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Louisville police in 'dire straits' as officer retirements and resignations surge while violent crime also spikes

Washington Examiner logo Washington Examiner 4/28/2021 Andrew Mark Miller
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The Louisville Police Department lost nearly 190 police officers last year and continues to bleed available resources in an exodus that police leadership is referring to as “dire.”

Kentucky’s largest city lost 188 police officers due to retirement or resignation in 2020, while 43 officers have stepped away so far this year.

"I would say that we’re in dire straits," Louisville police union press secretary Dave Mutchler said. "Our manpower is critically low.”

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Mutchler said a contributing factor to the loss of available manpower is that “the climate we currently find ourselves in” has negatively affected recruiting and the “the pool of people wanting to become officers is shrinking every day."

"We can't emphasize enough how critically and dangerously low our manpower is, and interestingly enough, those who would break the law are paying attention to that," Mutchler added. "Our homicide rates and our violent crime rates are through the roof."

Crime has indeed increased in Louisville to the tune of 84% more nonfatal shootings this year compared to last year and a 75% increase in murders from 2020.

The Louisville police are currently being investigated by President Joe Biden’s Justice Department after the shooting death of 26-year-old Breonna Taylor in March of last year that occurred as police were attempting to serve a warrant.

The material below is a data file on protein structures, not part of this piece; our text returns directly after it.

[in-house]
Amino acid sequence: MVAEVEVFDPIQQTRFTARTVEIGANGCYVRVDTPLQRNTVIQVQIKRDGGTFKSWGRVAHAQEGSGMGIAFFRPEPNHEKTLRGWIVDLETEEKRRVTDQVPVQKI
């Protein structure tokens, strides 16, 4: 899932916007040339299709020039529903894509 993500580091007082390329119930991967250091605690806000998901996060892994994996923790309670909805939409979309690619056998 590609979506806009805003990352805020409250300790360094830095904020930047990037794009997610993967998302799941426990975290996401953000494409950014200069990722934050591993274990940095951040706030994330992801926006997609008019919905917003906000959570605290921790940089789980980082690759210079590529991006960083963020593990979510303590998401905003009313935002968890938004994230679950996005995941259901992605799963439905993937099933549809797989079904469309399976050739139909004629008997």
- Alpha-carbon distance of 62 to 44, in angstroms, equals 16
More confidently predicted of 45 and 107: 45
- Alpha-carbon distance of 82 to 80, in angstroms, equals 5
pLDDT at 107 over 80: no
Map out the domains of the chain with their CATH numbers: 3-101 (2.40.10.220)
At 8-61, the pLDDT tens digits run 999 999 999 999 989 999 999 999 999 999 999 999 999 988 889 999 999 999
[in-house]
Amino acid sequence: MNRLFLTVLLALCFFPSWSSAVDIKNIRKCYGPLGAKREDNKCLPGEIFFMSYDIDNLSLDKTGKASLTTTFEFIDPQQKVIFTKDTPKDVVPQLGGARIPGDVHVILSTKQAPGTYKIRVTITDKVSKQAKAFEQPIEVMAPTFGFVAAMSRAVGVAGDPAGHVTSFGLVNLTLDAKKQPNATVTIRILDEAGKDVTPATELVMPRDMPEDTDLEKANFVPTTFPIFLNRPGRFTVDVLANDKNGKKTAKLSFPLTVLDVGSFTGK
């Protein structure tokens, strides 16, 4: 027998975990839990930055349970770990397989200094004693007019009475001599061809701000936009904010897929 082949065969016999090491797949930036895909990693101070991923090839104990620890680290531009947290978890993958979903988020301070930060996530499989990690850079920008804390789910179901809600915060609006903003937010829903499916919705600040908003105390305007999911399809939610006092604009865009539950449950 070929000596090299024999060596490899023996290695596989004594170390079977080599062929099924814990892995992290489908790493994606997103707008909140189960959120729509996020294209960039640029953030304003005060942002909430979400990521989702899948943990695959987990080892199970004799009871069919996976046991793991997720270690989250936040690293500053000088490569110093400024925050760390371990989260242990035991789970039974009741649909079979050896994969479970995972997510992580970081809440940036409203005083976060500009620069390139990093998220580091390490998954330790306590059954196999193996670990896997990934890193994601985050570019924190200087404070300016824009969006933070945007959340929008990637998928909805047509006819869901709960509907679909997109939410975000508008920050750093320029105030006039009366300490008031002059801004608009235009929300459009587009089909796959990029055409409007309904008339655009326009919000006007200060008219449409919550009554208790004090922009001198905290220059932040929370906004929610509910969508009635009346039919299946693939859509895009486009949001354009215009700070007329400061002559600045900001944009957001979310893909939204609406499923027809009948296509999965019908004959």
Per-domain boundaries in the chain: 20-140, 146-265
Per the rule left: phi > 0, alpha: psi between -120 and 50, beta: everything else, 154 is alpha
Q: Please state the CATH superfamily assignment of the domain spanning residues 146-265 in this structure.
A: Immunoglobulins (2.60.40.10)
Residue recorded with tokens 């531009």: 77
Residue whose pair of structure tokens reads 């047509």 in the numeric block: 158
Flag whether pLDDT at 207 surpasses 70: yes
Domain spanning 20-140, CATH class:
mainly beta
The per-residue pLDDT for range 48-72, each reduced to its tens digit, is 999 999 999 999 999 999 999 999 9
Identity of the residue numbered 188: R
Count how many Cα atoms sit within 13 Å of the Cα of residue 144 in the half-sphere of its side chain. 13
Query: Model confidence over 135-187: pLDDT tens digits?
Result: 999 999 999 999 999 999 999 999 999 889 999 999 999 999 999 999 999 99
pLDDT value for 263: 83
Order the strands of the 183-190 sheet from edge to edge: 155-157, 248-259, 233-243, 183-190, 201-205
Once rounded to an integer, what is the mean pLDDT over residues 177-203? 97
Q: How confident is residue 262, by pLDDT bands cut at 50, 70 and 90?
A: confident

"It will determine whether LMPD engages in unconstitutional stops, searches and seizures, as well as whether the department unlawfully executes search warrants on private homes," Attorney General Merrick Garland said during a Monday news conference.

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Police departments across the country have been experiencing high rates of resignations and retirements, including in Seattle and New York City, where social justice turmoil and budget cuts have contributed to a decrease in available police officers.

“Cops are forming a conga line down at the pension section, and I don’t blame them,” Joseph Giacalone, a retired NYPD sergeant and an adjunct professor at the John Jay College of Criminal Justice, said about the 75% increase in NYPD officers retiring or quitting.

Tags: News, Louisville, Police, Black Lives Matter

Original Author: Andrew Mark Miller

Original Location: Louisville police in 'dire straits' as officer retirements and resignations surge while violent crime also spikes

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